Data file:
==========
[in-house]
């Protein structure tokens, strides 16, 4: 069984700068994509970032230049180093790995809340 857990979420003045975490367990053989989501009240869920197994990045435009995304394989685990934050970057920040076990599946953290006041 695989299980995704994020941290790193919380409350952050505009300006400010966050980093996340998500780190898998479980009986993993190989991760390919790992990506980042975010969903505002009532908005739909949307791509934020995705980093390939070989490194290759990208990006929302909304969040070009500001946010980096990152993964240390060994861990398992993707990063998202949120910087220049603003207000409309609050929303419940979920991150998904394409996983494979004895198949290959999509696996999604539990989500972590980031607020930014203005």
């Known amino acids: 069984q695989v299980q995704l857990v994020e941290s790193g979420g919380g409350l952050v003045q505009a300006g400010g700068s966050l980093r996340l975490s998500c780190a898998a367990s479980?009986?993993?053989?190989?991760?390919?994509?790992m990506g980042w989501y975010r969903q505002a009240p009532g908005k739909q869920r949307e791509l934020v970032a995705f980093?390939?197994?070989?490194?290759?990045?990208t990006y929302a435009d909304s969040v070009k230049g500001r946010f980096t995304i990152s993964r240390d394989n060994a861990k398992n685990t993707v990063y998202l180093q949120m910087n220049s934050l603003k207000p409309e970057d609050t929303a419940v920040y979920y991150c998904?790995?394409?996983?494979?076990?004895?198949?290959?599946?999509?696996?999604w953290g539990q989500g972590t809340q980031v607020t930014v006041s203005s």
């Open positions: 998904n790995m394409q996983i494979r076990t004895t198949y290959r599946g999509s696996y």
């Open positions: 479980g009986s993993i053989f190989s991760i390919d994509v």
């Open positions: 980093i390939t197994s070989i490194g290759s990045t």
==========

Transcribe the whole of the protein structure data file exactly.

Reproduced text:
[in-house]
């Protein structure tokens, strides 16, 4: 069984700068994509970032230049180093790995809340 857990979420003045975490367990053989989501009240869920197994990045435009995304394989685990934050970057920040076990599946953290006041 695989299980995704994020941290790193919380409350952050505009300006400010966050980093996340998500780190898998479980009986993993190989991760390919790992990506980042975010969903505002009532908005739909949307791509934020995705980093390939070989490194290759990208990006929302909304969040070009500001946010980096990152993964240390060994861990398992993707990063998202949120910087220049603003207000409309609050929303419940979920991150998904394409996983494979004895198949290959999509696996999604539990989500972590980031607020930014203005």
């Known amino acids: 069984q695989v299980q995704l857990v994020e941290s790193g979420g919380g409350l952050v003045q505009a300006g400010g700068s966050l980093r996340l975490s998500c780190a898998a367990s479980?009986?993993?053989?190989?991760?390919?994509?790992m990506g980042w989501y975010r969903q505002a009240p009532g908005k739909q869920r949307e791509l934020v970032a995705f980093?390939?197994?070989?490194?290759?990045?990208t990006y929302a435009d909304s969040v070009k230049g500001r946010f980096t995304i990152s993964r240390d394989n060994a861990k398992n685990t993707v990063y998202l180093q949120m910087n220049s934050l603003k207000p409309e970057d609050t929303a419940v920040y979920y991150c998904?790995?394409?996983?494979?076990?004895?198949?290959?599946?999509?696996?999604w953290g539990q989500g972590t809340q980031v607020t930014v006041s203005s």
């Open positions: 998904n790995m394409q996983i494979r076990t004895t198949y290959r599946g999509s696996y």
């Open positions: 479980g009986s993993i053989f190989s991760i390919d994509v």
């Open positions: 980093i390939t197994s070989i490194g290759s990045t």